Carole

Ottawa Sportsmen's Club News

June 5, 2003

Carole Williams, Club Reporter


"DON'T FEED THE BEARS ACT OF 2003"

Moran Vows To Stop Bear-Baiting On ALL Federal Lands

Please Note: Even if you do not hunt bear, it is imperative that you, as a sportsman, understand the issues that will follow. Any proposed legislation that negatively affects the time-honored rights of any sportsman, regardless of his sporting interests, could have an ultimate negative impact on the rights of all. All Sportsmen must unite so as to not allow the animal rights activists and anti-gun lobbyists to divide and conquer, one small skirmish at a time. There is a war being waged to eliminate all hunting on any land and we cannot afford to stick our heads in the sand and then ask "What happened?" after the fighting is done and our rights and firearms have been taken away. And if you don't think this could happen, consider that Senator Frank Lautenberg (D-NJ), who has been engaged in battle with the NRA for years and who is a strong proponent for stricter gun control legislation, is rumored to have plans to introduce companion legislation to HR-1472 in the Senate soon.

HR-1472, also known as the "Don't Feed The Bears Act of 2003", would effectively abolish the right of sportsmen to hunt bear over bait on all Federal lands in all states that allow this practice. It was introduced in the House of Representative on March 27, 2003 by Elton Gallegy (R-CA) and co-sponsored at that time by Jim Moran (D-VA). Both represent urban areas of their state with large populations of people, but very few, if any, wild bear. (Ventura and Santa Barbara in CA and Alexandria in VA.)

The Act calls for the following regulation: "The Secretary of the Interior, with respect to lands administered by the Bureau of Land Management, and the Secretary of Agriculture, with respect to National Forest System lands, shall each adopt and enforce a regulation to prohibit individuals from intentionally feeding bears, including feeding for the purpose of enticing bears to a particular area to be hunted, a practice known as 'bear baiting'."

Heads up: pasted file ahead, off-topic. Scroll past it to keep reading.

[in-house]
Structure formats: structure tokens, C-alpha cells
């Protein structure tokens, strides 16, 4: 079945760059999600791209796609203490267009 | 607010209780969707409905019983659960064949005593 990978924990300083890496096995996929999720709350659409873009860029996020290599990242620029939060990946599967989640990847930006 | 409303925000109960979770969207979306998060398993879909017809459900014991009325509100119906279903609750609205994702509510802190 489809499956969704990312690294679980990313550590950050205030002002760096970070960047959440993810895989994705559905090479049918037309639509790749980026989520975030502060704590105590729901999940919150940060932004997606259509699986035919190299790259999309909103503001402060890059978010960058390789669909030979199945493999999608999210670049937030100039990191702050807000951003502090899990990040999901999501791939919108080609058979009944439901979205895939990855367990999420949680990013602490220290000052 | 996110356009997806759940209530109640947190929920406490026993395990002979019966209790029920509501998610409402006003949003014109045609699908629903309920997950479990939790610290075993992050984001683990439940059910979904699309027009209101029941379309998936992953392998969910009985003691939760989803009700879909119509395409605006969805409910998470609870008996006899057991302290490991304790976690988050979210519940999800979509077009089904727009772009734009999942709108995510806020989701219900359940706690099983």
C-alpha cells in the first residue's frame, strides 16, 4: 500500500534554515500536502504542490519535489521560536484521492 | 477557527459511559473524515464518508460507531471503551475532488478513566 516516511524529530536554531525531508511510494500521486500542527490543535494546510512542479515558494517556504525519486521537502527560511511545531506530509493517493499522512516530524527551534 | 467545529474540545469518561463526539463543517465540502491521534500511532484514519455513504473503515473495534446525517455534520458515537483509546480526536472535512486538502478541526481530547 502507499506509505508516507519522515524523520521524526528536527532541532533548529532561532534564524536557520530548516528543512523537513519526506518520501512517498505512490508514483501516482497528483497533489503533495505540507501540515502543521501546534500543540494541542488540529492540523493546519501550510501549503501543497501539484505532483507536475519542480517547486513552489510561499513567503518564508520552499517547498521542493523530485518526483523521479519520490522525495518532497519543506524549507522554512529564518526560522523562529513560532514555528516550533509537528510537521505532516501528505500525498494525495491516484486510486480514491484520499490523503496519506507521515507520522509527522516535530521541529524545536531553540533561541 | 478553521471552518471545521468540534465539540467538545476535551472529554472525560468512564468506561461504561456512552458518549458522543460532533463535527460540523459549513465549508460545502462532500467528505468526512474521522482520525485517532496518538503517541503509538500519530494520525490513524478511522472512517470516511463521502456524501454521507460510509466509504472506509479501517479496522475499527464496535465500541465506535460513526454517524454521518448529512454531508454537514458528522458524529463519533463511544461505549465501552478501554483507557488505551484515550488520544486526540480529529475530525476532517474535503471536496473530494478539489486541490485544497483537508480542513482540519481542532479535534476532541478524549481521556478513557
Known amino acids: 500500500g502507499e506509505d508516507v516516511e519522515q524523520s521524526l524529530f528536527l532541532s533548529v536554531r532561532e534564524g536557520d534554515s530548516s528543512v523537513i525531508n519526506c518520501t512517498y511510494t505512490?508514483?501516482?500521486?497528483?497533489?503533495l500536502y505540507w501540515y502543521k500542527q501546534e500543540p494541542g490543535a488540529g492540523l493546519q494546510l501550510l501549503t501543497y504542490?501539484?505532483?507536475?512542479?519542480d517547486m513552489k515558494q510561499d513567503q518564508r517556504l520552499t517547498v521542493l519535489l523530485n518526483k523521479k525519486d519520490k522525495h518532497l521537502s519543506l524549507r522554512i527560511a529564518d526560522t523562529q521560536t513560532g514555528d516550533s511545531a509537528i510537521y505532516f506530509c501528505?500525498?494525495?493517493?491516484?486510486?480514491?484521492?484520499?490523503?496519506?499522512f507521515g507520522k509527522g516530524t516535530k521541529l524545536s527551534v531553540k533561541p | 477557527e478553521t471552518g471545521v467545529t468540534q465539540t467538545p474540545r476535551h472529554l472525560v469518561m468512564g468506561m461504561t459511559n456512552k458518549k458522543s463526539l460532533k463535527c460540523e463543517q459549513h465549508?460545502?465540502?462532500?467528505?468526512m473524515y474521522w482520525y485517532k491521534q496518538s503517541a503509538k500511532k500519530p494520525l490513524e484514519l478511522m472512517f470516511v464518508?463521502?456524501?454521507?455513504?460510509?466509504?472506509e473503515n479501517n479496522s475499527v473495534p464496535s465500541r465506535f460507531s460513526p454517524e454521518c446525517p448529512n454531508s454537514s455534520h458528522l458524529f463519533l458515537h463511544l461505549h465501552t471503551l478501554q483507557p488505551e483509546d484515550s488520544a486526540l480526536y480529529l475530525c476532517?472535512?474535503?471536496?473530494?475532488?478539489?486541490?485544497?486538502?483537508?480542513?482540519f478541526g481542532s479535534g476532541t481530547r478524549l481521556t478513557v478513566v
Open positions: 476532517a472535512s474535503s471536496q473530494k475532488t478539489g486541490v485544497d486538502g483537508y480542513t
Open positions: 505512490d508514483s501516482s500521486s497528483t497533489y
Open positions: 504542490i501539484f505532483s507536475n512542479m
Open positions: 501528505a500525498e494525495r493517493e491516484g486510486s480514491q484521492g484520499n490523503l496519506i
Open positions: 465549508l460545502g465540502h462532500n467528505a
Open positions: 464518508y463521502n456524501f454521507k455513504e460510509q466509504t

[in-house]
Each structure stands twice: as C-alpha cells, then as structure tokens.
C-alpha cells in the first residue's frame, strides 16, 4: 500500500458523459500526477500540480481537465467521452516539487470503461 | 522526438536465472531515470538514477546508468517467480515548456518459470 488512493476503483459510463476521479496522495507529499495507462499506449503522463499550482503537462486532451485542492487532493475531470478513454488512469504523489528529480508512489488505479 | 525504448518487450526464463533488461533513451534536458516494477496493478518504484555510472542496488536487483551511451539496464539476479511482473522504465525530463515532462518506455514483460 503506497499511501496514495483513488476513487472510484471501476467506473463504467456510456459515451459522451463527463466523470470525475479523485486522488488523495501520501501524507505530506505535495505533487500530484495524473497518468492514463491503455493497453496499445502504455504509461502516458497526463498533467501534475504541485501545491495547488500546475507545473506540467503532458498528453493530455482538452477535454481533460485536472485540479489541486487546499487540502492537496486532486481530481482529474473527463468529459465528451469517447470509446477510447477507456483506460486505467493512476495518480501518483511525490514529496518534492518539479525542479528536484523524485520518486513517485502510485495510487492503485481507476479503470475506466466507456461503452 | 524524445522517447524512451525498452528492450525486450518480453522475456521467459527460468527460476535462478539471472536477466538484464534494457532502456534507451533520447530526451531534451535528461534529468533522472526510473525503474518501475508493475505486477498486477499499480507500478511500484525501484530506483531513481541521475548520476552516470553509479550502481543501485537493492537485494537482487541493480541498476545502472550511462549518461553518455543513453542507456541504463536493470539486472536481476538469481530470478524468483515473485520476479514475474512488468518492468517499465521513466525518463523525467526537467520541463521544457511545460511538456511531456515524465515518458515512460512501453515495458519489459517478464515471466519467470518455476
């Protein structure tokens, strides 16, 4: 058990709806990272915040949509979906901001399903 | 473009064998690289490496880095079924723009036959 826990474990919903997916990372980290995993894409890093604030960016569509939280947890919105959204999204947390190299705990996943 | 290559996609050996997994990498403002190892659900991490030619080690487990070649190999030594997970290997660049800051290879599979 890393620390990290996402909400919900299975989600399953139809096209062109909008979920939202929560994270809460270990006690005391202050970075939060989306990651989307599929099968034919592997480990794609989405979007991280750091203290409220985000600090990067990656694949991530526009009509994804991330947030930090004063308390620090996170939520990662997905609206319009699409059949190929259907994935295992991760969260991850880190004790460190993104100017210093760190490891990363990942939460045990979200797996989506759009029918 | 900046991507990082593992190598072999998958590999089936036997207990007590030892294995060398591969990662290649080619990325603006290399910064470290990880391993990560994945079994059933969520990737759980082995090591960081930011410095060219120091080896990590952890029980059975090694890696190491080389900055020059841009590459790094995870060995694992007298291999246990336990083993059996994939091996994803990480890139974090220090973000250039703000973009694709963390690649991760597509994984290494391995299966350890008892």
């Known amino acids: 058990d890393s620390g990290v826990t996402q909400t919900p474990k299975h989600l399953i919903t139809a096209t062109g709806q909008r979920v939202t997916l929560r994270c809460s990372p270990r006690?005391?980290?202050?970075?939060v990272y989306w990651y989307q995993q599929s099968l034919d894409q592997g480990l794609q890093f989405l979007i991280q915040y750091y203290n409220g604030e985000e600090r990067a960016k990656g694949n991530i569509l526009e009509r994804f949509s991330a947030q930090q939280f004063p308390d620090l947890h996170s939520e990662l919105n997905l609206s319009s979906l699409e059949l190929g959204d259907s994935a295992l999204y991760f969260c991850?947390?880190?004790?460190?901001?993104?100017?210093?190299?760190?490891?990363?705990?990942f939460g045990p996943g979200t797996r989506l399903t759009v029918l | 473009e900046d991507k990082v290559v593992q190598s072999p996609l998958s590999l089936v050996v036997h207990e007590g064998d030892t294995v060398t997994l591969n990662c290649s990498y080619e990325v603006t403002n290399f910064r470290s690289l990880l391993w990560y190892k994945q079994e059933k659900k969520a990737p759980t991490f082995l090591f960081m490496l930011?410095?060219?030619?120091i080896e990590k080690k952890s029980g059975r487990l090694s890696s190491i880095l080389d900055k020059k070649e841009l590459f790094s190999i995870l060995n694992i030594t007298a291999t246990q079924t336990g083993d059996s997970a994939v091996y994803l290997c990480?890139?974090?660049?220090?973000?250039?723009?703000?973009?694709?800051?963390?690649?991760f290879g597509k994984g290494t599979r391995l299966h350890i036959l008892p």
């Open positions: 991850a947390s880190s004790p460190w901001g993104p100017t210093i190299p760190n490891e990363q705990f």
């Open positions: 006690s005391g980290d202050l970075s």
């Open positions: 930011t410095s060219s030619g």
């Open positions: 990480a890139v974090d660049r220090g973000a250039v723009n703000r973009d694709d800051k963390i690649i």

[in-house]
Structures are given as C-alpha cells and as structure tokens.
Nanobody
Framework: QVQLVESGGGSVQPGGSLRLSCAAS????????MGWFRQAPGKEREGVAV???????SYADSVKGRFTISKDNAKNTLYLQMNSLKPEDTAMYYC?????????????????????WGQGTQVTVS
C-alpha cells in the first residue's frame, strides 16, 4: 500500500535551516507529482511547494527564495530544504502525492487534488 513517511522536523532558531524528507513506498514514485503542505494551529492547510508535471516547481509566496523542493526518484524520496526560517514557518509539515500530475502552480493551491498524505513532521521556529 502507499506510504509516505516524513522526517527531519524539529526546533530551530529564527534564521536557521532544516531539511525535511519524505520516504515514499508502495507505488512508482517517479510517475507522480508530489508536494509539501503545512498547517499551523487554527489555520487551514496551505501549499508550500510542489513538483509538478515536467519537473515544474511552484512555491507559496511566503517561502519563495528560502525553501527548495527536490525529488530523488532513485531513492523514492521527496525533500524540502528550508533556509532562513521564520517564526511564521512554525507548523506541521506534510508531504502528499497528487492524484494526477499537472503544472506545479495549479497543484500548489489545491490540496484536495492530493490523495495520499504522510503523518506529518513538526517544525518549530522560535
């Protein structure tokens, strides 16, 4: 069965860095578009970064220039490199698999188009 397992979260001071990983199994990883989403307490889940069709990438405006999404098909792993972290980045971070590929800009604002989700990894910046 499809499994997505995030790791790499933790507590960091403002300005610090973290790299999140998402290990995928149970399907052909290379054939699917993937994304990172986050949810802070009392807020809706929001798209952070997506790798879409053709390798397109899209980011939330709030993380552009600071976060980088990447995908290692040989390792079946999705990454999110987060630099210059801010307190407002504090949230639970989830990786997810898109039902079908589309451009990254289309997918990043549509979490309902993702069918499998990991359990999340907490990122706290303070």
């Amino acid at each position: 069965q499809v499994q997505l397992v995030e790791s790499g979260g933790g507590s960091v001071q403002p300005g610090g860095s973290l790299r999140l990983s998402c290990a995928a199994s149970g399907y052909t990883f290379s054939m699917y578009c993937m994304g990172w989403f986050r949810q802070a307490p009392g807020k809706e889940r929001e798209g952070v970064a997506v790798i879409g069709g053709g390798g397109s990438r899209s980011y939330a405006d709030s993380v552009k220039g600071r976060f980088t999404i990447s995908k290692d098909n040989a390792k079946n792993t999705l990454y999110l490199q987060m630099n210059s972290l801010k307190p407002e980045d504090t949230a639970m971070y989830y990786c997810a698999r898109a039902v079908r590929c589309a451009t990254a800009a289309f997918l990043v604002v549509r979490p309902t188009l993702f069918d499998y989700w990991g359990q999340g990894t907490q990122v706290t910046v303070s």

A complete copy of the Act can be found at http://thomas.loc.gov/ by searching for HR 1472. Its status can also be tracked in the same manner.

A hearing has been scheduled for June 12th before the Subcommittee on Fisheries Conservation, Wildlife and Oceans of the House Resources Committee. The bill is expected to face strong opposition within the committee, especially from Representative Don Young of Alaska, a member of this Subcommittee.

The points or "findings" listed as reasons to adopt this legislation are 13 in number, and include: the negative impact of littering to the forest floor, that bait stations allow an increase of food resulting in higher birth rate and so increase the bear population (also cited as a plus rather than minus by many state wildlife biologists who also assert that bear baiting is an excellent management practice), that bear are emboldened to approach people and property in search of food, that property damage is a result of bears being fed by humans, that human food poses a safety threat and attacks on humans, and that bears become nuisance animals and are killed as a means of protecting people and property.

Sportsmen, especially those who hunt over bait, can effectively refute most of these findings as pure nonsense promulgated by those who have no understanding of hunting or the baiting process. Hunters, unlike many inexperienced Federal land "visitors", know full well that bear are worthy foe and therefore exercise more than average caution while hunting.

However, in a nutshell, the central issue appears to revolve around the inconsistency of Federal land management agencies to demand that "visitors" to federal lands not feed the bears while they allow this practice by "bear hunters".

It may be a matter of semantics, but this writer finds it hard to lump hunters into a category of what might be considered as vacationing "visitors" foolishly tossing foodstuff out of car windows so as to get a better look at the wildlife.

However, since some feel there is inconsistency in the "rules" rather than a semantics problem, perhaps one way to solve the problem is to remove the inconsistency by stating that visitors, other than those who possess a license to hunt bear, shall not, under penalty of law, feed the bear on Federal land. Is it really necessary to punish the nation's bear hunters because there appears to be an inconsistency in the way the law is interpreted?

Or is the real issue the fact that bear baiting is seen as a weak point in hunting rights and therefore exploitable by anti-hunting animal welfare organizations who, through their membership's support at the polls, encourage congressmen, desperate enough for votes, to repeatedly propose the same anti-hunting legislation which has been defeated several times?